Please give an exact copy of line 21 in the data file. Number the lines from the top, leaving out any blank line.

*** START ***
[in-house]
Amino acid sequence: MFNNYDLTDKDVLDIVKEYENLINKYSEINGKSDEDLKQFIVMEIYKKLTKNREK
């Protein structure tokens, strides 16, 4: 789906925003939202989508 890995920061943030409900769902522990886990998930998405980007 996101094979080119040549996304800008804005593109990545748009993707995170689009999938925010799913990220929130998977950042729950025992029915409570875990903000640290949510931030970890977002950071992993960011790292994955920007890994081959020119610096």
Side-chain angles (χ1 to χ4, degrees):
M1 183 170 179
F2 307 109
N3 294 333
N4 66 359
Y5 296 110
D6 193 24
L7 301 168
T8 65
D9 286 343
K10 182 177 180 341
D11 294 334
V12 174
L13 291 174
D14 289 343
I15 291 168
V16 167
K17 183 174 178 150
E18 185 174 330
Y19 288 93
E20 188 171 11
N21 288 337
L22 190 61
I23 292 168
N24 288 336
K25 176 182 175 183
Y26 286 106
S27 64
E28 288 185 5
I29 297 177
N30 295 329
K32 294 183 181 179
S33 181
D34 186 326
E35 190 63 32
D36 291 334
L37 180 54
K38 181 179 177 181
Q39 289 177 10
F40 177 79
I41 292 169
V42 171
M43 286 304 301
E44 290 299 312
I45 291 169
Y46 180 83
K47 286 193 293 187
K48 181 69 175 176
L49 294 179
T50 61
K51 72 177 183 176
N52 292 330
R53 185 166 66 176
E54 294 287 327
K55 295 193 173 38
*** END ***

K17 183 174 178 150